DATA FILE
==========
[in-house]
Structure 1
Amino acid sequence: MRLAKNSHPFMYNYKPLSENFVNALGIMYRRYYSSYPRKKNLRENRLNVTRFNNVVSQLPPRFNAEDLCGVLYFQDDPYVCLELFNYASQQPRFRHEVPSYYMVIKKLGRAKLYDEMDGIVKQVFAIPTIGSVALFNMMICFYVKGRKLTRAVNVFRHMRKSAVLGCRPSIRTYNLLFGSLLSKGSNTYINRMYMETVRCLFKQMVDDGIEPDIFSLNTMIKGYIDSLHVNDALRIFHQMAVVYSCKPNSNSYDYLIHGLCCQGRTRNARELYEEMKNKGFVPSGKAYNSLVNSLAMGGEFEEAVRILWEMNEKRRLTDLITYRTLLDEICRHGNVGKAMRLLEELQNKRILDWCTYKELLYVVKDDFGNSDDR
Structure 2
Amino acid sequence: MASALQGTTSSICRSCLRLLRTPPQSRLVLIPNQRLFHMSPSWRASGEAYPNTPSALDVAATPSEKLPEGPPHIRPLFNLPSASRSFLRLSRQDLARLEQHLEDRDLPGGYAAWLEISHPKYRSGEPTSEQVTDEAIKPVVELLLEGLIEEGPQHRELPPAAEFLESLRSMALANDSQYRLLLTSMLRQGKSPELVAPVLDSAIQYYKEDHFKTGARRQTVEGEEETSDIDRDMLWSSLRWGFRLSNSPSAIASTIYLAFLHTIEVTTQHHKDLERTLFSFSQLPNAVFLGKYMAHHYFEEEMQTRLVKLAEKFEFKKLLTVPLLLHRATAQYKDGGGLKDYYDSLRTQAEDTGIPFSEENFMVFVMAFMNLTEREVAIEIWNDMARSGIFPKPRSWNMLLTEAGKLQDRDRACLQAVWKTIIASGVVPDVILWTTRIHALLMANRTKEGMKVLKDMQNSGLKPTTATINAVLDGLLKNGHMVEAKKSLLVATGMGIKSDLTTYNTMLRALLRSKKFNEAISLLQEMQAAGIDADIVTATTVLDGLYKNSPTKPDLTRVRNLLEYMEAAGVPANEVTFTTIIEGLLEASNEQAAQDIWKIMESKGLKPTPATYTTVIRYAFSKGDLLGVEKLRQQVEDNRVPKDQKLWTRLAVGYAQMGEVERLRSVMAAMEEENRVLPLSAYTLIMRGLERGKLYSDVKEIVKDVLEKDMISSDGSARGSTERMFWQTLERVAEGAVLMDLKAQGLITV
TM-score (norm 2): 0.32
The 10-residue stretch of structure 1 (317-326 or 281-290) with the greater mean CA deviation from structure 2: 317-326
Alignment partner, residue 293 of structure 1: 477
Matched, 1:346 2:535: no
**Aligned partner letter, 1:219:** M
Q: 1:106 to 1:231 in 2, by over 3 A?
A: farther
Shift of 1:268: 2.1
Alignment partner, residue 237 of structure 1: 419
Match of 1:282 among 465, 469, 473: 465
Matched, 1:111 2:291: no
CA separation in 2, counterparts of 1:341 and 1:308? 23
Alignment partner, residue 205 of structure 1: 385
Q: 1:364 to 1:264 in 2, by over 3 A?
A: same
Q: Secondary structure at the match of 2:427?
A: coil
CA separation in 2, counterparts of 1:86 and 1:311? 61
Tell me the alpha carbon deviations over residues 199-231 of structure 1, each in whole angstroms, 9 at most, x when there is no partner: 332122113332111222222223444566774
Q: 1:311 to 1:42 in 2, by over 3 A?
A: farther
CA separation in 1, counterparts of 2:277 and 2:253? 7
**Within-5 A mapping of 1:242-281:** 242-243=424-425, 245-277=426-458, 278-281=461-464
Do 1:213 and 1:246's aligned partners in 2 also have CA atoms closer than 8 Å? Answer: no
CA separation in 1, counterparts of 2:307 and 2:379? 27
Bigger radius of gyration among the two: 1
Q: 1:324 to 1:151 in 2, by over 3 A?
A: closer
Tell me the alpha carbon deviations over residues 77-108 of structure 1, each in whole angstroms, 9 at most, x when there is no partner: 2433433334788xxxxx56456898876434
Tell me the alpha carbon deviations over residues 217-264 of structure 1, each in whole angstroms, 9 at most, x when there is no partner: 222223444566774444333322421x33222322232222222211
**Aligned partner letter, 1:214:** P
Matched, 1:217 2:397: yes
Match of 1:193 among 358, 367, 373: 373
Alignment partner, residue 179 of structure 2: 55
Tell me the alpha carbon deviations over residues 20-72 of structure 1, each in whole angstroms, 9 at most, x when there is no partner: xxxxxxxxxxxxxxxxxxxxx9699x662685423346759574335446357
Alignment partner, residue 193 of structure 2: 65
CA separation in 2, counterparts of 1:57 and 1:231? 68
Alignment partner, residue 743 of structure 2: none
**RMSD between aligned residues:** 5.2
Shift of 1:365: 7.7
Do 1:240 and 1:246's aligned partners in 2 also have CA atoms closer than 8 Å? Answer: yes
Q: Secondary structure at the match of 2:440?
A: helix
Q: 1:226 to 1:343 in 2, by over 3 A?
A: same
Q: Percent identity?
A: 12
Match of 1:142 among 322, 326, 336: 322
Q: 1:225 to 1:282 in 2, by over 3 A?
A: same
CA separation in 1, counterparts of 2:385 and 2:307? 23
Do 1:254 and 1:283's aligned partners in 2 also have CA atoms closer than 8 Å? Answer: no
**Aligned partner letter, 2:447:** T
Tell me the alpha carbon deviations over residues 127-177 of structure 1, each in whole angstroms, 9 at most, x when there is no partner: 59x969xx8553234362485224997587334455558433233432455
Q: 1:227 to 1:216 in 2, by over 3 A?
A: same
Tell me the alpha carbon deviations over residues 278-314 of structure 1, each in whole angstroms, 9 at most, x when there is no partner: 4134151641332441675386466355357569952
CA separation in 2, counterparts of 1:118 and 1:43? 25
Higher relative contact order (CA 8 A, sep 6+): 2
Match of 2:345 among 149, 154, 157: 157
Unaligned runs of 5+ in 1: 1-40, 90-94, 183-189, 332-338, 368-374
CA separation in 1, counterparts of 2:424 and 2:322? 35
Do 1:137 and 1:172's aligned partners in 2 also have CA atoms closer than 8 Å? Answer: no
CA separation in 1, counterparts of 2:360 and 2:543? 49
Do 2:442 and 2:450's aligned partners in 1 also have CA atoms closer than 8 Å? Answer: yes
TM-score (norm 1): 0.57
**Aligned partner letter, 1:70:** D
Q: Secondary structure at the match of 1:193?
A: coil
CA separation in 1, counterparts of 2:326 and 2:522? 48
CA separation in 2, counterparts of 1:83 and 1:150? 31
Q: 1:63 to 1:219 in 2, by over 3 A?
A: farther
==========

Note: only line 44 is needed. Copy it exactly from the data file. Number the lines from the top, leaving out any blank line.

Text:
**RMSD between aligned residues:** 5.2